The high-resolution ESI-MS (negative ion mode) of zeamide 1 showed a homologous series 85 of deprotonated molecular [M − H] ions at m/z 994.6561, 1008.6716, 1022.6874, 1036.7029, and 1050.7184 in accordance with the molecular formulas C51H97NO15P + n CH2 (n = 0–4, four unsaturations). Additionally, a careful examination of the spectrum revealed the presence of a second homologous series of deprotonated molecular [M − H] ions at m/z 996.6713, 1010.6866, and 1024.6998, in accordance with the molecular formulas 89 C51H99NO15P + n CH2 (n = 0–2, three unsaturations), originating from a series of less abundant homologues with a saturated sphingosine (see below). High-resolution ESI-MS (positive ion mode) contained a similar series of sodiated molecular [M − H + 2Na]+ ions, in accordance with the same molecular formulas; the doubly sodiated adduct suggested the presence of the strongly acidic phosphodiester function.
In spite of our attempts, it was not possible to obtain any pure homologue from this mixture, so all NMR studies were performed on the mixture, taking advantage of the fact that 1H and 13C signals of individual homologues were superimposable (except where noted in Table 1). Because of the many overlapped signals in the proton spectrum, a z-filtered TOCSY spectrum recorded with digital resolution of 0.94 Hz in the F2 dimension was used to generate the subspectra of individual spin systems (Figure S2) and to measure most proton-proton coupling constants (Table 1).
Analysis of the COSY and HSQC spectra allowed the assignment of all the signals of a dihydroxylated, monounsaturated sphingosine and of a fatty acid residue (Table 1), which were shown to be connected to each other through an amide bond to form a ceramide by the HMBC correlation between H-2 (δ 3.91) and the carbonyl carbon atom C-1′′′ (δ 175.9). The anomeric proton H-1′′ served as the starting point for the sequential assignment through the COSY and TOCSY spectra of protons of the only sugar residue present in the molecule (Table 1). It was revealed to be a pentose in the pyranose form, as demonstrated by the HMBC correlation between the anomeric proton and the oxymethylene carbon C-5′′ (δ 64.9). Coupling constants showed that H-2′′ and H-3′′ (sharing a 9.9 Hz coupling) were axial, and H-1′′ and H-4′′ were equatorial. Therefore, the sugar residue was identified as a β-arabinopyranoside.
The proton spectrum of compound 1 also contained signals for six oxymethine protons. The COSY spectrum showed them to be cyclically arranged, and therefore to be the protons of an inositol ring (Table 1). All the inositol ring protons showed large axial-axial mutual couplings and were therefore axial, except for H-2′ (δ 4.27, t, J = 2.7 Hz), which was equatorial. This indicated that the inositol was a myo-inositol. The myo-inositol was glycosylated by the arabinose through a (1→6) linkage, as shown by the HMBC correlations of H-1′′ with C-6′ and of H-6′ with C-1′′. Finally, the myo-inositol C-1′ and ceramide C-1 were linked through a phosphodiester bond, as suggested by the additional 1H-31P splitting of the methylene protons at C-1 and of H-1′. The presence of this phosphodiester bond was confirmed by recording a 1H-31P HMBC experiment: the spectrum contained, as the only correlation peaks, the 1H-31P correlations of H-1a, H-1b, and H-1′ with the phosphate P atom.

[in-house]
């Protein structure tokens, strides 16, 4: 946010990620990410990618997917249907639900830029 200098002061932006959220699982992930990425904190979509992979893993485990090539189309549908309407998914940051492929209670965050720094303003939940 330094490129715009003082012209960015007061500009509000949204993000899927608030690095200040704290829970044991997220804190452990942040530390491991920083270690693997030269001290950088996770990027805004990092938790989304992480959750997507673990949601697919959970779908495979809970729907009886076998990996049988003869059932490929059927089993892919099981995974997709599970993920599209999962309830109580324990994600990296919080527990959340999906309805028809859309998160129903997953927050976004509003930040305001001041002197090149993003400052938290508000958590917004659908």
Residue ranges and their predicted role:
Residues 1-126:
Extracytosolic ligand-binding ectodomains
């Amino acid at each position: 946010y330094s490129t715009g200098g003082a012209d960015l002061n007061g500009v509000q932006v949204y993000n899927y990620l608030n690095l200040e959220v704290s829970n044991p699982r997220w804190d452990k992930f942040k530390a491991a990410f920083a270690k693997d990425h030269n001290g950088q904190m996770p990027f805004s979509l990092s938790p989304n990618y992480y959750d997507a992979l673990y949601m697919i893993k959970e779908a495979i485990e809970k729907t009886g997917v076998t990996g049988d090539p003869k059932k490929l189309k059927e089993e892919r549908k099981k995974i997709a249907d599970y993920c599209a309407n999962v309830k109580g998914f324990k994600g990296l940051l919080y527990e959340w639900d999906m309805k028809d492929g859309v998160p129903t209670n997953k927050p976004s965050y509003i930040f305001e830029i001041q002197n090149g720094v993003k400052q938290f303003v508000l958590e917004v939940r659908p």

In addition to the signals described so far, the proton NMR of 1 also displayed some weaker signals, indicating the presence of a minor analogue. The amounts of this minor analogue were estimated as about 20% compared to the major analogue by the integration of the signal at δ 3.84 (H-2). Using this proton signal as a starting point, it was possible to use the TOCSY spectrum to identify all the signals of this spin system (Table 1), and to use the COSY spectrum to arrange them in a sequence. Overall, the signals were indicative of the presence of minor amounts of homologues with a saturated dihydroxylated sphingosine, in accordance with the MS data.
Microscale chemical degradation was needed to determine the absolute configuration of the arabinose residue and to elucidate the detailed structure of the ceramide part of the molecule (Scheme 1). A small amount (100 μg) of compound 1 was subjected to methanolysis with HCl in MeOH, and the reaction mixture was subsequently partitioned between H2O/MeOH (8:2) and CHCl3. The aqueous layer, containing methyl arabinosides, was benzoylated and purified by HPLC, yielding methyl tri-O-benzoyl-α-d-arabinopyranoside, which was identified by a comparison of its HPLC retention time and ECD (Electronic Circular Dichroism) spectrum with those of an authentic sample prepared from d-arabinose [23]. The organic phase, containing fatty acid methyl esters, was analyzed by GC-MS. The results, compiled in Table 2, showed a preponderance of iso-fatty acid residues and significant amounts of internally branched fatty acid residues, overall accounting for nearly all the branched alkyl chains revealed from the 1H-NMR spectrum. Therefore, the sphingosines were expected to be mostly unbranched.
It was not possible to isolate any sphingosine from the methanolysis products. Therefore, a further aliquot (200 μg) of compound 1 was subjected to basic hydrolysis with aqueous KOH at 100 °C for 72 h. The reaction mixture was analyzed by LC-MS, and shown to contain both unsaturated and saturated sphingosines ranging from C24 to C28; the C26 unsaturated sphingosine was by far the most abundant homologue (62.1%), followed by the C26 saturated sphingosine (Table 3). The retention times of the sphingosines varied regularly with the chain length, as expected for homologous unbranched sphingosines (Figure S3); only minor amounts of branched sphingosines, isomeric with unbranched sphingosine but with shorter retention times, were observed.